We used the same procedure for the RTs for correct responses as applied in the visual modality. The elimination of 16,878 trials with technical problems led first to a set of 1,669,585 trials (845,078 words). Response latencies shorter than 600 ms or longer than 2,500 ms were then identified as outliers (resulting in the elimination of 1,084 trials [557 words]—i.e., 0.06% of the data). These threshold values are slightly different from the ones used for the visual modality. These were chosen after inspection of the cumulative frequency of the distribution of RTs for correct responses: 600 ms corresponds to the value for which the slope began to change significantly and for which eliminations seemed not to concern particular items. Because the decrease of the slope was very monotonic at the right of the distribution, the upper bound was fixed at 2,500 ms. One participant (16,116 trials, 8,168 words) with a global accuracy below 80% and 17 blocks (2, 738 trials, 1,396 words) with accuracies lower than 75% were then dropped. The resulting 1,649,647 trials (834,957 words) are freely available on our website.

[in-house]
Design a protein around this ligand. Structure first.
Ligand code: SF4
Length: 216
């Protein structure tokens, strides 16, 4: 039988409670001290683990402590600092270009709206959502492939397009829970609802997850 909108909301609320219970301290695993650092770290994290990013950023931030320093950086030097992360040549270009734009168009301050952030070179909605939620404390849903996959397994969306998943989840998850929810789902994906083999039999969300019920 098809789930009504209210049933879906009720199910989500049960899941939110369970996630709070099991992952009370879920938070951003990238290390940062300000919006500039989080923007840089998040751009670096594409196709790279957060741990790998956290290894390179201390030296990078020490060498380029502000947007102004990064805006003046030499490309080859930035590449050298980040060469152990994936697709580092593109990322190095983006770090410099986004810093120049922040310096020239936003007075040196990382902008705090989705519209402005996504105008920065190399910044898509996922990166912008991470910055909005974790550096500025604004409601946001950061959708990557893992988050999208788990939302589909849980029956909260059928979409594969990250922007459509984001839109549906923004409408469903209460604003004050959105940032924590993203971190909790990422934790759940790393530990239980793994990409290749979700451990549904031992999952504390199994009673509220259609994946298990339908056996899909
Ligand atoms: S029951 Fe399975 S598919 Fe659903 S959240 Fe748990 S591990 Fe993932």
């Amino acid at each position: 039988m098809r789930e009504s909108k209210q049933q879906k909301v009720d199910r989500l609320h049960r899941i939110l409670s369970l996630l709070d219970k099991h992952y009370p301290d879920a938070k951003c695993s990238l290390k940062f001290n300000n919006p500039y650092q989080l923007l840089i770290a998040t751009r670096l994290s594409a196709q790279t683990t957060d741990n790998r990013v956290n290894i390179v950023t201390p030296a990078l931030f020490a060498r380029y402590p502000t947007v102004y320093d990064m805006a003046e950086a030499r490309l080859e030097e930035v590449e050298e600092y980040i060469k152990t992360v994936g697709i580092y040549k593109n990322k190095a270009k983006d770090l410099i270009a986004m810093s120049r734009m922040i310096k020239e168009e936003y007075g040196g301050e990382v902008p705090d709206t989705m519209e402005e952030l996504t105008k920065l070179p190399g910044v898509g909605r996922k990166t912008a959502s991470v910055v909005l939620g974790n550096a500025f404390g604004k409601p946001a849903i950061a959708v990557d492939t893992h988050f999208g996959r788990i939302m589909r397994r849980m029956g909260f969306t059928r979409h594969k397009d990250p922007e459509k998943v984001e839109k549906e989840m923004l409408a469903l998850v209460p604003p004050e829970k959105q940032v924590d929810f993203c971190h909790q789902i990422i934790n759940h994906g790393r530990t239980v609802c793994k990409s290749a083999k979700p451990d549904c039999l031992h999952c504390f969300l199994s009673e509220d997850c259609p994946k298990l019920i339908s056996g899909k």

For the regression analyses, 2,034 words (94,197 trials) with accuracies below 67% were then removed (as in Balota et al., 2004; Ferrand et al., 2010; Ferrand et al., 2011). Moreover, for the remaining correct RTs, all RTs more than three SDs above or below the within Blocks × Participants mean were considered outliers as well. This resulted in the rejection of 1.3% (9, 580) of the RTs on the correct trials. The mean RTs for the trimmed correct word trials, as well as the mean accuracy rates, are presented in Table 2.